${\displaystyle \zeta (u)T(u)Q(u)=\phi (u-\eta )Q(u+2\eta )+\phi (u+\eta )Q(u-2\eta )}$

(1)

where

{\displaystyle {\begin{aligned}\zeta (u)&=[c^{-1}H(2\eta )\Theta (u-\eta )\Theta (u+\eta )]^{N}\\\phi (u)&=[\Theta (0)H(u)\Theta (u)]^{N}.\end{aligned}}}

The existence and commutation relations of such a function are demonstrated by considering pair propagations through a vertex, and periodicity relations of the theta functions, in a similar way to the six-vertex model.

### Explicit solution

The commutation of matrices in (1) allow them to be diagonalised, and thus eigenvalues can be found. The partition function is calculated from the maximal eigenvalue, resulting in a free energy per site of

{\displaystyle {\begin{aligned}f=\epsilon _{5}-2kT\sum _{n=1}^{\infty }{\frac {\sinh ^{2}((\tau -\lambda )n)(\cosh(n\lambda )-\cosh(n\alpha ))}{n\sinh(2n\tau )\cosh(n\lambda )}}\end{aligned}}}

for

{\displaystyle {\begin{aligned}\tau &={\frac {\pi K'}{2K}}\\\lambda &={\frac {\pi \eta }{iK}}\\\alpha &={\frac {\pi u}{iK}}\end{aligned}}}

where ${\displaystyle K}$ and ${\displaystyle K'}$ are the complete elliptic integrals of moduli ${\displaystyle k}$ and ${\displaystyle k'}$. The eight vertex model was also solved in quasicrystals.

## Equivalence with an Ising model

There is a natural correspondence between the eight-vertex model, and the Ising model with 2-spin and 4-spin nearest neighbour interactions. The states of this model are spins ${\displaystyle \sigma =\pm 1}$ on faces of a square lattice. The analogue of 'edges' in the eight-vertex model are products of spins on adjacent faces:

{\displaystyle {\begin{aligned}\alpha _{ij}&=\sigma _{ij}\sigma _{i,j+1}\\\mu _{ij}&=\sigma _{ij}\sigma _{i+1,j}.\end{aligned}}}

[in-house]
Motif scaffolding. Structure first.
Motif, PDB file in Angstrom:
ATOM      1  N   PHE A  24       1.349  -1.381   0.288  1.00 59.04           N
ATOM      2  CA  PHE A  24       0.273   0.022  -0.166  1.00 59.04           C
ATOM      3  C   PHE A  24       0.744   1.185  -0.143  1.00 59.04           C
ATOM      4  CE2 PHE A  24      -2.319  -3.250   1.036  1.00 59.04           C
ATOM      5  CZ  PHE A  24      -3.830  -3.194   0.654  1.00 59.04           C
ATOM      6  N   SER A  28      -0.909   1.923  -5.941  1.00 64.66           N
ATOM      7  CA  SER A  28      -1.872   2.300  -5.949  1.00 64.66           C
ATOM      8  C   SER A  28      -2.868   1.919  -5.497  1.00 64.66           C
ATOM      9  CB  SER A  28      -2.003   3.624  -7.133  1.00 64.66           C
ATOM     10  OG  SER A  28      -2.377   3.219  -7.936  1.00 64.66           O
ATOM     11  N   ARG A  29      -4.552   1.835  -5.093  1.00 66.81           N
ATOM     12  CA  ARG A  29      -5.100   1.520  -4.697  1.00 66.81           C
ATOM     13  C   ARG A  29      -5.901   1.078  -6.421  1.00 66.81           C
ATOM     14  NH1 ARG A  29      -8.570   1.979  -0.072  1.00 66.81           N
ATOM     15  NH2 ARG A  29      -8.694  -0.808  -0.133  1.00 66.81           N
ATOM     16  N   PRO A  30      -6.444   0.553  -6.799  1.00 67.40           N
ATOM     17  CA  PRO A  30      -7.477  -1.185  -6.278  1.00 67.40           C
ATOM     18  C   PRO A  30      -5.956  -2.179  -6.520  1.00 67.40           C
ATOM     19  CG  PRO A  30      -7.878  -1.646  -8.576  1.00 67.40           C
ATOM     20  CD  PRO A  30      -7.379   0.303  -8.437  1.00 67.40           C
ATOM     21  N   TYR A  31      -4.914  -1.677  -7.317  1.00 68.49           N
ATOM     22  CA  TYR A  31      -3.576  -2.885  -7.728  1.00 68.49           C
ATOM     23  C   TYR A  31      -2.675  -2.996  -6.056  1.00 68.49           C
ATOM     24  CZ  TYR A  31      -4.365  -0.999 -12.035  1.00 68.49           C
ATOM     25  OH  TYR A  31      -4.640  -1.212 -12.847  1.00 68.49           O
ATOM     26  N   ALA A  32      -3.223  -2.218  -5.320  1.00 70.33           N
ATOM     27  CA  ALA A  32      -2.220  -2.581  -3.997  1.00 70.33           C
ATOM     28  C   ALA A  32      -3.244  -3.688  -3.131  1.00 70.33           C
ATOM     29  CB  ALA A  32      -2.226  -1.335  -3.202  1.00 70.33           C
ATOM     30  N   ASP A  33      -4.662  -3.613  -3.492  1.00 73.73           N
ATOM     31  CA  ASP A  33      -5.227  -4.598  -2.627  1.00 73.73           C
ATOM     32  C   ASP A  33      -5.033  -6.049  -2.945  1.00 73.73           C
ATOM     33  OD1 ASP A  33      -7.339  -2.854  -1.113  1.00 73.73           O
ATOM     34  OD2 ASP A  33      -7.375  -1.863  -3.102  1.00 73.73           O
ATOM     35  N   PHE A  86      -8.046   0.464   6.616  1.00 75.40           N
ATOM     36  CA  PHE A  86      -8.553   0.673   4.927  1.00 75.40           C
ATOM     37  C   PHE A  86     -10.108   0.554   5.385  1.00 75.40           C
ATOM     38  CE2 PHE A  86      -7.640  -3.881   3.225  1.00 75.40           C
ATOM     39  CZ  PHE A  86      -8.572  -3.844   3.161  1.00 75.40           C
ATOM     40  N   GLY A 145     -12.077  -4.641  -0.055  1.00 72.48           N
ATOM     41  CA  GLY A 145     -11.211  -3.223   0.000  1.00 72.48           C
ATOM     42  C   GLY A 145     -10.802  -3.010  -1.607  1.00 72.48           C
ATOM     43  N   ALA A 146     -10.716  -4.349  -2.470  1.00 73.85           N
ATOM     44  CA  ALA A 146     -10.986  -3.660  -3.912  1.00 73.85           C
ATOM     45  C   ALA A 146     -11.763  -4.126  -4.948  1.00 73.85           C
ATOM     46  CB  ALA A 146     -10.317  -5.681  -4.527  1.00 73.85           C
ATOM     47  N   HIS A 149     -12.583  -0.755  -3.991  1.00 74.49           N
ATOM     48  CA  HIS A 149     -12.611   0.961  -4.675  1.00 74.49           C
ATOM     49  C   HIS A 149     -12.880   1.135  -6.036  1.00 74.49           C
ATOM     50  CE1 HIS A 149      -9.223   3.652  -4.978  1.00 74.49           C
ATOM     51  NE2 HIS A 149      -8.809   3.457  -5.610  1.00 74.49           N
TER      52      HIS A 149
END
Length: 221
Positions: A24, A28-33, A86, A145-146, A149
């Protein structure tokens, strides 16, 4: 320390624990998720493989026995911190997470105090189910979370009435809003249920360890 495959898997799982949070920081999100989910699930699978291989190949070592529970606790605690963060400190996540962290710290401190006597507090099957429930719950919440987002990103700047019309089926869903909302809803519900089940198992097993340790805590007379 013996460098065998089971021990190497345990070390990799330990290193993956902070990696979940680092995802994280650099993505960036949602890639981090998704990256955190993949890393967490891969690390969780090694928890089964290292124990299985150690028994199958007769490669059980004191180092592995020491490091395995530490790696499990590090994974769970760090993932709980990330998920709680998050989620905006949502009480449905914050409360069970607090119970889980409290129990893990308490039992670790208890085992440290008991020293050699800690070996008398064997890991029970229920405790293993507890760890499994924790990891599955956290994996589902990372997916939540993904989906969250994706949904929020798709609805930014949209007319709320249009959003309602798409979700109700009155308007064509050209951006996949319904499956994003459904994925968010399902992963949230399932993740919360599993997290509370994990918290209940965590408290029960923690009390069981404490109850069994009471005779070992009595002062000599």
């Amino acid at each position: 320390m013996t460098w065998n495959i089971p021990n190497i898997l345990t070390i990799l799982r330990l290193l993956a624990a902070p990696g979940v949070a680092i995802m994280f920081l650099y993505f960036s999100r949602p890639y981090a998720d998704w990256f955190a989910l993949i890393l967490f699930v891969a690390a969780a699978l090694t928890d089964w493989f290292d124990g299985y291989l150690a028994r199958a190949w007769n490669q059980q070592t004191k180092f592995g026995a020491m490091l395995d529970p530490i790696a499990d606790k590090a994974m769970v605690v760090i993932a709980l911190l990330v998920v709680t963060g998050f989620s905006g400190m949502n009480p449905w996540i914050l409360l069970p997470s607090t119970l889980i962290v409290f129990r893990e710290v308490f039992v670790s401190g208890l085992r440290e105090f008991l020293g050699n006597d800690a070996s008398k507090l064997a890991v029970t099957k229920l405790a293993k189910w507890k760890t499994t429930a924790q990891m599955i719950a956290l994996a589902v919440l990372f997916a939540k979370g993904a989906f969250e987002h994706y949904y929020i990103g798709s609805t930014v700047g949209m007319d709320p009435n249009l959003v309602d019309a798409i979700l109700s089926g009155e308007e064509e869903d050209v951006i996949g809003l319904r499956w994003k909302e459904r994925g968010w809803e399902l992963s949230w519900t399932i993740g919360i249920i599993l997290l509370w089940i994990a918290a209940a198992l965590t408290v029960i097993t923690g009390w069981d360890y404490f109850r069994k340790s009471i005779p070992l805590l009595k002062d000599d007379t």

The most general form of the energy for this model is

{\displaystyle {\begin{aligned}\epsilon &=-\sum _{ij}(J_{h}\mu _{ij}+J_{v}\alpha _{ij}+J\alpha _{ij}\mu _{ij}+J'\alpha _{i+1,j}\mu _{ij}+J''\alpha _{ij}\alpha _{i+1,j})\end{aligned}}}

where ${\displaystyle J_{h}}$, ${\displaystyle J_{v}}$, ${\displaystyle J}$, ${\displaystyle J'}$ describe the horizontal, vertical and two diagonal 2-spin interactions, and ${\displaystyle J''}$ describes the 4-spin interaction between four faces at a vertex; the sum is over the whole lattice.

We denote horizontal and vertical spins (arrows on edges) in the eight-vertex model ${\displaystyle \mu }$, ${\displaystyle \alpha }$ respectively, and define up and right as positive directions. The restriction on vertex states is that the product of four edges at a vertex is 1; this automatically holds for Ising 'edges'. Each ${\displaystyle \sigma }$ configuration then corresponds to a unique ${\displaystyle \mu }$, ${\displaystyle \alpha }$ configuration, whereas each ${\displaystyle \mu }$, ${\displaystyle \alpha }$ configuration gives two choices of ${\displaystyle \sigma }$ configurations.

Equating general forms of Boltzmann weights for each vertex ${\displaystyle j}$, the following relations between the ${\displaystyle \epsilon _{j}}$ and ${\displaystyle J_{h}}$, ${\displaystyle J_{v}}$, ${\displaystyle J}$, ${\displaystyle J'}$, ${\displaystyle J''}$ define the correspondence between the lattice models:

{\displaystyle {\begin{aligned}\epsilon _{1}&=-J_{h}-J_{v}-J-J'-J'',\quad \epsilon _{2}=J_{h}+J_{v}-J-J'-J''\\\epsilon _{3}&=-J_{h}+J_{v}+J+J'-J'',\quad \epsilon _{2}=J_{h}-J_{v}+J+J'-J''\\\epsilon _{5}&=\epsilon _{6}=J-J'+J''\\\epsilon _{7}&=\epsilon _{8}=-J+J'+J''.\end{aligned}}}

It follows that in the zero-field case of the eight-vertex model, the horizontal and vertical interactions in the corresponding Ising model vanish.

These relations gives the equivalence ${\displaystyle Z_{I}=2Z_{8V}}$ between the partition functions of the eight-vertex model, and the 2,4-spin Ising model. Consequently a solution in either model would lead immediately to a solution in the other.